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  1. And then some fishing in the park (most of these were posted in the Small Streams thread). Visited this stream twice, once in the evening (water was warm so just observed), and then again the next morning. I'd never fished a meadow stream like this, so it took some time to learn, but I ended up having a great few hours catching beautiful Yellowstone cutts (was shocked at how big some of these fish were considering how tiny the stream was). Fish were feeding at the surface at a few of the bigger pools, but most of the day was prospecting. The mosquitoes were brutal and bugs were popping off all morning (too small for me to try to identify), so the fish were pretty keyed in. Cycled through the box for a little and eventually ended up with a small caddis dry and small PT dropper, which seemed to do the trick (think size of fly was more important than pattern there). Two regrets this trip -- not taking enough pictures and not fishing enough! I've got about 1.5 weeks off between first and second year of med school, and I'm already trying to figure out how to get back!
  2. Starting with a bit north of the park, spent most of my time on one a bigger river in the area (hit a trib or two) and even booked a 1/2 day for the first time. Great (mostly) rainbow water; guide said we were probably the first people to fish that stretch this year, so the fish were pretty dumb! Got some nasty weather on the guided trip (thunder, hail, down storms), weather I'd normally pack it in for, but the fishing was good, and the guide was comfortable with the thunder (save for a 15 minute span where we sheltered on an island), so we stuck it out.
  3. Next was two days in Grand Teton NP. Fishing was closed until end of July in most of the streams, so it was a purely hiking/sightseeing detour. Breathtaking area. Yellowstone fishing day + Yellowstone sightseeing post will come tomorrow tomorrow probably
  4. Second leg of trip: Eastern Idaho-Western Wyoming. Fished two beautiful streams (plus some feeders), one a tributary to the Palisades reservoir in the Targhee NF, and another that was in the Bridger-Teton NF, about an hour south of Jackson. The weather was BRUTAL (consitently hot+sunny without a cloud in the sky), and add that to the winter they had out west, and the fishing was tough to say the least. In the bigger creeks, I got maybe a single take+refusal for every four hours of fishing, nothing to net. Feeder streams were a bit more productive, but still not great fishing. Nevertheless, both areas were absolutely beautiful, and it was great just to be out there.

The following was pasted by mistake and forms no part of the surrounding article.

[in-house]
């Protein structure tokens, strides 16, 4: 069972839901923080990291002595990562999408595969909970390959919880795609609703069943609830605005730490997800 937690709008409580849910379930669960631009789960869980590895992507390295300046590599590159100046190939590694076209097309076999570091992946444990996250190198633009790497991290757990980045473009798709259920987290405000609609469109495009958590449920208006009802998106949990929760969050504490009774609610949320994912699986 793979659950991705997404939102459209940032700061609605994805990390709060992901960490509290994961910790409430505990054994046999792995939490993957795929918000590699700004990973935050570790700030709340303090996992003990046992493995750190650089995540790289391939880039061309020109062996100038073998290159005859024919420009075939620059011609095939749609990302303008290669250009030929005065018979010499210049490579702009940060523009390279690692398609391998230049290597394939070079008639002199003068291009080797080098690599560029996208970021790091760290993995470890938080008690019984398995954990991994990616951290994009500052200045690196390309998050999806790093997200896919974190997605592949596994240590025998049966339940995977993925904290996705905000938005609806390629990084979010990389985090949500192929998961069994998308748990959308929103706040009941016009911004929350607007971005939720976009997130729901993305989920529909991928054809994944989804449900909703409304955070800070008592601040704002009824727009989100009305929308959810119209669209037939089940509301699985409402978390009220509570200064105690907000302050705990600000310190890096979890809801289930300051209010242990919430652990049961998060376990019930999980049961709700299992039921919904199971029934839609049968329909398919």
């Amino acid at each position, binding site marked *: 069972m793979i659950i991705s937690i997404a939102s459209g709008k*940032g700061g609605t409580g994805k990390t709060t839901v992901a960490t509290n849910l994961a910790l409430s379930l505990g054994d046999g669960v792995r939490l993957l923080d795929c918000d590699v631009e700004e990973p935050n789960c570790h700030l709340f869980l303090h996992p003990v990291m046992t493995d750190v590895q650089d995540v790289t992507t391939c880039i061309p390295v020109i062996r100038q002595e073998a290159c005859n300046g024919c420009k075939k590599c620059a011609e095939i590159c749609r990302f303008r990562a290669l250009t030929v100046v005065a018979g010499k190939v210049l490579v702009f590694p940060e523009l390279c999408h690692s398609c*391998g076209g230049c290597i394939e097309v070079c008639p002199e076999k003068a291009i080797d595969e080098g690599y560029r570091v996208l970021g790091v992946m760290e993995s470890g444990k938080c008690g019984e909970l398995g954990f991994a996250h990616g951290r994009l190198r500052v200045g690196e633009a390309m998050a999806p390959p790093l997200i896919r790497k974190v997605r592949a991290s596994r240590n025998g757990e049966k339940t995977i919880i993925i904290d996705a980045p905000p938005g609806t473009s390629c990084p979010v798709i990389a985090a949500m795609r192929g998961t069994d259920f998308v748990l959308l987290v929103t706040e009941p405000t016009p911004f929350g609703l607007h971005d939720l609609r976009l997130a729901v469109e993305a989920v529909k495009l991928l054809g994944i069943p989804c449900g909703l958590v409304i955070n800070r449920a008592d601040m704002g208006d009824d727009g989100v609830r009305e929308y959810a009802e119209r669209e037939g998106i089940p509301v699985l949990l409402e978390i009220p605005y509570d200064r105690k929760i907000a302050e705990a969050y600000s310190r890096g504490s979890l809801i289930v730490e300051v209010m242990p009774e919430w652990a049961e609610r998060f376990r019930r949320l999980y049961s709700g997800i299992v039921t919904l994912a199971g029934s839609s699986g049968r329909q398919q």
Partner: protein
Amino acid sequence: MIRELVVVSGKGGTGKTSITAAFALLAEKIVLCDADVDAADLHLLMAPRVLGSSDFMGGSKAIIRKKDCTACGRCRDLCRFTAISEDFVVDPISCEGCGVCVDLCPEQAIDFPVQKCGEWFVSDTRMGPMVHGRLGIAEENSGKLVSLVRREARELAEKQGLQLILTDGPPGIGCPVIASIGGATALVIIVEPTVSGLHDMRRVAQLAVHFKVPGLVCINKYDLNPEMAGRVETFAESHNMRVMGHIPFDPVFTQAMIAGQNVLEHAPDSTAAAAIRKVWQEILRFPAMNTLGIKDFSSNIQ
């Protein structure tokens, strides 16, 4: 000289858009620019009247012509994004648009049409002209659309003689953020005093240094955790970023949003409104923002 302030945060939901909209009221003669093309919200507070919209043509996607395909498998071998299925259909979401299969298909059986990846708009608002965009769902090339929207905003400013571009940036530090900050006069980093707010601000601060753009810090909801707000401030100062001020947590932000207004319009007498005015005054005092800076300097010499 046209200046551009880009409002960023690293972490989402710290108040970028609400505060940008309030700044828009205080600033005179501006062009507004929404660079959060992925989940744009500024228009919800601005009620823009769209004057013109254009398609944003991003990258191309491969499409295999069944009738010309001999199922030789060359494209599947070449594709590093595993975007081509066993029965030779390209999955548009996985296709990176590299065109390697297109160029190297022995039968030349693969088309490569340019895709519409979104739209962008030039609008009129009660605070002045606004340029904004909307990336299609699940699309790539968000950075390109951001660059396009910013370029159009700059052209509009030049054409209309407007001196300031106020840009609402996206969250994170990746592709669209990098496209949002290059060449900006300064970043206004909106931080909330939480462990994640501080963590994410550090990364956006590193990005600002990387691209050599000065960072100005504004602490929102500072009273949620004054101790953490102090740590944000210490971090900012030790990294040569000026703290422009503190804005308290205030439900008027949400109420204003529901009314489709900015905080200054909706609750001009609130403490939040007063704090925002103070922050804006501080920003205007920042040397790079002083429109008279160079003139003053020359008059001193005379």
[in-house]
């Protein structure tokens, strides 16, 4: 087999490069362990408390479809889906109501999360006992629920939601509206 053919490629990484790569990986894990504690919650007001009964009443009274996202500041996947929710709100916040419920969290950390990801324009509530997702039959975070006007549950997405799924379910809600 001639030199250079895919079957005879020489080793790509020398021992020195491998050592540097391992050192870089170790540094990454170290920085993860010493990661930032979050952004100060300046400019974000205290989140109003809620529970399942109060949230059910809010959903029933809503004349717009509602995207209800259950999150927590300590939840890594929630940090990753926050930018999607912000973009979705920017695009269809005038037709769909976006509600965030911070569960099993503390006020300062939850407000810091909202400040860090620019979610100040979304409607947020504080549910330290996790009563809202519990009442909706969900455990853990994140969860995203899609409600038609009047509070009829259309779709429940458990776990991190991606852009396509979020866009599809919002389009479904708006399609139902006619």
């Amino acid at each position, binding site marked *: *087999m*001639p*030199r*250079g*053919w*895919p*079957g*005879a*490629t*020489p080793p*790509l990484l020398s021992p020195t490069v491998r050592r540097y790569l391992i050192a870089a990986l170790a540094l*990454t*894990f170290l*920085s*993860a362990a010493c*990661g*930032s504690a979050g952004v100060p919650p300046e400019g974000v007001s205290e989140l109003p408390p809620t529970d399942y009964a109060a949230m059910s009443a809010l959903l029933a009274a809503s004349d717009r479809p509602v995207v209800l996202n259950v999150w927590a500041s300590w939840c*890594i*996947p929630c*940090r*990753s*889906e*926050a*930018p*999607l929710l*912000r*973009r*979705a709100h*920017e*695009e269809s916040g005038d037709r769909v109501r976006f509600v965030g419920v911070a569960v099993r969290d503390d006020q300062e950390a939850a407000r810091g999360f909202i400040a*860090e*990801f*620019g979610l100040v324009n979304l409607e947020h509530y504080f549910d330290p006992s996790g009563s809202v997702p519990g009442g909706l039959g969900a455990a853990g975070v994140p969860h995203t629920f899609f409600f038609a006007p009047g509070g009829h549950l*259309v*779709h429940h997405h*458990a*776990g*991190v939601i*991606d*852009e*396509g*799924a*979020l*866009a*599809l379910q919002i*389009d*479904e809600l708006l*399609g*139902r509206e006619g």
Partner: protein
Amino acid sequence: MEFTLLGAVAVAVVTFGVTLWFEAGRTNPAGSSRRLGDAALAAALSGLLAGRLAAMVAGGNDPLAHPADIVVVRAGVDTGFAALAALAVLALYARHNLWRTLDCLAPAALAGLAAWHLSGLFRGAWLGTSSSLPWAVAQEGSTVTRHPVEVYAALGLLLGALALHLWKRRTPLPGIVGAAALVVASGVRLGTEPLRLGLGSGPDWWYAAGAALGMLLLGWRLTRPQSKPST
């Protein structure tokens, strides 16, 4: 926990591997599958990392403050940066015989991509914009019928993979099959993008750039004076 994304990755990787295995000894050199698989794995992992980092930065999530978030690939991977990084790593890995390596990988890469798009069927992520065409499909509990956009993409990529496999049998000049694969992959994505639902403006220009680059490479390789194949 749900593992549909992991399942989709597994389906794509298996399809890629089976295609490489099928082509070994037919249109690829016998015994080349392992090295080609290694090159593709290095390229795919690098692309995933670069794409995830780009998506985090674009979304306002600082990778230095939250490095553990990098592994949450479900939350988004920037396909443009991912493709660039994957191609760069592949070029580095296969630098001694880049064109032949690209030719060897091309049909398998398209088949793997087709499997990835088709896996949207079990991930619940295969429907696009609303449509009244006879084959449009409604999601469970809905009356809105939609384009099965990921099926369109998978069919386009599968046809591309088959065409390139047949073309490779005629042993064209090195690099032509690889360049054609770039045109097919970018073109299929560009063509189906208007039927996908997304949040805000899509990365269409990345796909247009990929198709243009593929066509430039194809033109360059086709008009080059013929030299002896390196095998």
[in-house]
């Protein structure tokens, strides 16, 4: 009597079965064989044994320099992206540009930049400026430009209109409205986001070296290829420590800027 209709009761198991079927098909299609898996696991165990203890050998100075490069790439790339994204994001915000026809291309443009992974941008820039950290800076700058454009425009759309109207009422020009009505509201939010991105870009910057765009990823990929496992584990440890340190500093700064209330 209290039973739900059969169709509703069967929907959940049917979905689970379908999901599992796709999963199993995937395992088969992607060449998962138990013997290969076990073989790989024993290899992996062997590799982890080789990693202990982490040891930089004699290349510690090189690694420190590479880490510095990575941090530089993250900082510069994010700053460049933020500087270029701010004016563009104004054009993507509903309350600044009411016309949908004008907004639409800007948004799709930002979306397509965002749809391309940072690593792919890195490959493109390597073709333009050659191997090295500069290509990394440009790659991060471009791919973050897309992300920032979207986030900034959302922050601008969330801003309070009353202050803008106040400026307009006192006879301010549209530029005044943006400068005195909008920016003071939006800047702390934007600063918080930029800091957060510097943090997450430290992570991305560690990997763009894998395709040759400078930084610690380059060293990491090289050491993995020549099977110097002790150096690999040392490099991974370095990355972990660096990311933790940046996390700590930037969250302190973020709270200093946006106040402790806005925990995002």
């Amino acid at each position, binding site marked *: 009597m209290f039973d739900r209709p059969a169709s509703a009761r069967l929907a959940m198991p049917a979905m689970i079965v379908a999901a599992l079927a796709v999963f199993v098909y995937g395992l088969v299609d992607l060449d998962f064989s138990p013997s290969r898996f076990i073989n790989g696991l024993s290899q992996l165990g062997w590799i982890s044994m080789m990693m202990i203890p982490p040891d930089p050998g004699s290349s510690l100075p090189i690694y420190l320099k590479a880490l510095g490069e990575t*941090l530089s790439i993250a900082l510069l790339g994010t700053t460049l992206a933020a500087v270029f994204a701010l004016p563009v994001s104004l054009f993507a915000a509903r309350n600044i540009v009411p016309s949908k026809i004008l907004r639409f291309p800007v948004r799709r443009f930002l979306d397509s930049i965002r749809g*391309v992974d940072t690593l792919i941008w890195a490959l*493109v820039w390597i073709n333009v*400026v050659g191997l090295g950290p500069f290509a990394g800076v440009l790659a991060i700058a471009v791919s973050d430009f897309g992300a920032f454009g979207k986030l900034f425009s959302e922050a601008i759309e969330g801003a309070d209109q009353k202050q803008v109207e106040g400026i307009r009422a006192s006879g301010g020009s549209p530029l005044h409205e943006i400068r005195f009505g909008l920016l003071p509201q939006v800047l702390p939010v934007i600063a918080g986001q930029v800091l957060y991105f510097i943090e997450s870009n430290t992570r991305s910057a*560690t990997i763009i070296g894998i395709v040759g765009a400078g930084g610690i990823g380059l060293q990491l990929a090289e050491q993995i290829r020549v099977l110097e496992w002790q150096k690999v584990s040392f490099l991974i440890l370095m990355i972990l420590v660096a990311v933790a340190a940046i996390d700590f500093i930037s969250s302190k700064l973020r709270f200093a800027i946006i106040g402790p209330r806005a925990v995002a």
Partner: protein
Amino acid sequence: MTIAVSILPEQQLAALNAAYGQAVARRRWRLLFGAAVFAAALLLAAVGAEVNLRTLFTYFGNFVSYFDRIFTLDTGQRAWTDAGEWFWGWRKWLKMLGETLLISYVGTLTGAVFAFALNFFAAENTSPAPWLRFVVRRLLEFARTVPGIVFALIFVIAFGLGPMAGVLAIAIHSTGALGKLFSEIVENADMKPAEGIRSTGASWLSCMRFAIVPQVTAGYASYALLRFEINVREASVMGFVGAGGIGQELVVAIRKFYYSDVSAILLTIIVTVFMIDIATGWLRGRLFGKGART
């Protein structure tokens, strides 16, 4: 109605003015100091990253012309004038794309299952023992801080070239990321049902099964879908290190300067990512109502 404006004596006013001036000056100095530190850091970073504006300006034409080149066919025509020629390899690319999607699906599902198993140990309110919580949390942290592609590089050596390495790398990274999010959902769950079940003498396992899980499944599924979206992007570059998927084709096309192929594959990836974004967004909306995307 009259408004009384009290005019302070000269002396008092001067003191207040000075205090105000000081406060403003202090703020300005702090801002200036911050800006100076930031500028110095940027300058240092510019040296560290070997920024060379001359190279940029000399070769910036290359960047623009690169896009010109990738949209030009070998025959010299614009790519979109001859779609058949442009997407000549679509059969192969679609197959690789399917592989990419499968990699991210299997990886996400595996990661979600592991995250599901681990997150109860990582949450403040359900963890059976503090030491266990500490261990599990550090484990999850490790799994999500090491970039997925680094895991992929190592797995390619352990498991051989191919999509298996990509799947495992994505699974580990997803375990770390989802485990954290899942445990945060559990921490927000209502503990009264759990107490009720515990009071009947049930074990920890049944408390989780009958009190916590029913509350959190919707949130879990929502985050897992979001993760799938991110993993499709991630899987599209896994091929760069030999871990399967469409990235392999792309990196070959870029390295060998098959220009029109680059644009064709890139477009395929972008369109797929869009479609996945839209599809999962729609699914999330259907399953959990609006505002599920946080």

5. YNP meadow stream. Took a little while to figure it out, and the fish were surprisingly selective. Awesome day all around. Full trip report will be posted soon in my Yellowstone thread.
  6. Posted this in my Yellowstone thread, but figured I'd add here too. I've been in SW Montana the past few days, mostly going after native westslopes above a big waterfall (rare in these parts; rainbows and browns haven't invaded here yet). Water was COLD (mid 40s), and the stream was alive! Heavy grizzly country, which was a first for me, but having bear spray close by put me at ease. Small terrestrials with mayfly/caddis emergers have been the ticket here. Hitting the western slope of the Tetons and Yellowstone next!
  7. Finished the first leg of my trip where I stayed in SW Montana. I spent a good amount of time fishing above a waterfall going after native westslope cutthroat (rare in these parts). Beautiful fish and area, cold water, and heavy grizzly country. More updates to come!
  8. Big meal for a small brook trout. But it still had room for dessert (ant fly)!!
  9. Yup, I've noticed a considerable drop-off in fishing, especially from shore, the past few years there.
  10. Thank you!! It fought like a beast for its size and was a huge surprise!! I’ve only been seriously fly fishing for about 18 months now and not sure I’ll run into another wild one for a long time!
  11. Orcas are amazing creatures. They have the highest brain surface area to body ratio of all animals (the brain region that controls self-awareness/consciousness, emotion, and social connection is especially developed), different "languages" and "cultures" specific to each population (one pod-less orca has even been seen communicating with dolphins!), and have historically even learned to hunted in tandem with humans.
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